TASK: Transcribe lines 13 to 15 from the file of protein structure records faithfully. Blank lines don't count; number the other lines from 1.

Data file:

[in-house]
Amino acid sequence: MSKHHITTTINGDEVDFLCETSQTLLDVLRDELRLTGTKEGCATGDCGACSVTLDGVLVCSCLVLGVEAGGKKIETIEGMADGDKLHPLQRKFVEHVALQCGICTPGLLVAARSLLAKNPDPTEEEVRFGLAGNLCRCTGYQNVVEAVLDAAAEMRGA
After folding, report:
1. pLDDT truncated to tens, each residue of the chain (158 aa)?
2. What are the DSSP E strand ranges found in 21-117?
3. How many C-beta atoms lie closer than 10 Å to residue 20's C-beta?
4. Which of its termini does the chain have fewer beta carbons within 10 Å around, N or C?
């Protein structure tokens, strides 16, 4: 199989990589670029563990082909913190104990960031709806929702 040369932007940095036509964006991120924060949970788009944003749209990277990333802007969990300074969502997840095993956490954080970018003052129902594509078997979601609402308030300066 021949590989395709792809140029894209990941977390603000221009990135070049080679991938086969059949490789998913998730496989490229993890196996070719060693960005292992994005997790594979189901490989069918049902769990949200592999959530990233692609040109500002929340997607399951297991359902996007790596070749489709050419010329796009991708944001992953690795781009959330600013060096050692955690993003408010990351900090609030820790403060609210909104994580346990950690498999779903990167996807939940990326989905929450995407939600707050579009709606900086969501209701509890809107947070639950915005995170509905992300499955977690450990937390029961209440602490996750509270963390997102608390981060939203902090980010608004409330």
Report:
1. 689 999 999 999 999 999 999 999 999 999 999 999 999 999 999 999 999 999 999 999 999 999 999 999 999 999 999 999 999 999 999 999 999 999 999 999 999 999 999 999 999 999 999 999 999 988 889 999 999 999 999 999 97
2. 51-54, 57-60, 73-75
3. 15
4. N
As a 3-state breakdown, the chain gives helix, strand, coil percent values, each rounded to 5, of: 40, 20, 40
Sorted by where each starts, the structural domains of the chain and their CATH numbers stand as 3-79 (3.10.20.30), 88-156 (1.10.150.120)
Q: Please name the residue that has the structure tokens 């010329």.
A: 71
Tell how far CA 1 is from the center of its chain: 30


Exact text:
4. N
As a 3-state breakdown, the chain gives helix, strand, coil percent values, each rounded to 5, of: 40, 20, 40
Sorted by where each starts, the structural domains of the chain and their CATH numbers stand as 3-79 (3.10.20.30), 88-156 (1.10.150.120)